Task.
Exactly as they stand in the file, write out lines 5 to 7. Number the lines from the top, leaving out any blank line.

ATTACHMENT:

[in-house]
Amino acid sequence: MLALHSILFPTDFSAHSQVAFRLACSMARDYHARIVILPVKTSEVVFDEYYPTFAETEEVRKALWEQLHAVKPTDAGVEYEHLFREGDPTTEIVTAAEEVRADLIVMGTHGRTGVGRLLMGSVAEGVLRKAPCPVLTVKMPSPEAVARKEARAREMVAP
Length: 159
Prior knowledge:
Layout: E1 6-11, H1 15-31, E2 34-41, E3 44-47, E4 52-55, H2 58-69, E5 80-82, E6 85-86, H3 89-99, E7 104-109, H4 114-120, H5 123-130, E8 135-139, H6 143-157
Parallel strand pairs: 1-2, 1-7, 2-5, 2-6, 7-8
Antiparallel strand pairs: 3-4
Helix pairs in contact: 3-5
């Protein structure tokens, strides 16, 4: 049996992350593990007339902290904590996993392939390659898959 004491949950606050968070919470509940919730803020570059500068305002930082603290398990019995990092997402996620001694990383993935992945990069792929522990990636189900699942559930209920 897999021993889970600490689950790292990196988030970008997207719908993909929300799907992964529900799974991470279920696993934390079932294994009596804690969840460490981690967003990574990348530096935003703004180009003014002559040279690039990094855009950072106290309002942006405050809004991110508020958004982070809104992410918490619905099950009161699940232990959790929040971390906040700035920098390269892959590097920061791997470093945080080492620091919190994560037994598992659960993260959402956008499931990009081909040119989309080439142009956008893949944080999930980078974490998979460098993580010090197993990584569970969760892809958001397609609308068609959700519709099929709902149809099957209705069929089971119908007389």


Layout: E1 6-11, H1 15-31, E2 34-41, E3 44-47, E4 52-55, H2 58-69, E5 80-82, E6 85-86, H3 89-99, E7 104-109, H4 114-120, H5 123-130, E8 135-139, H6 143-157
Parallel strand pairs: 1-2, 1-7, 2-5, 2-6, 7-8
Antiparallel strand pairs: 3-4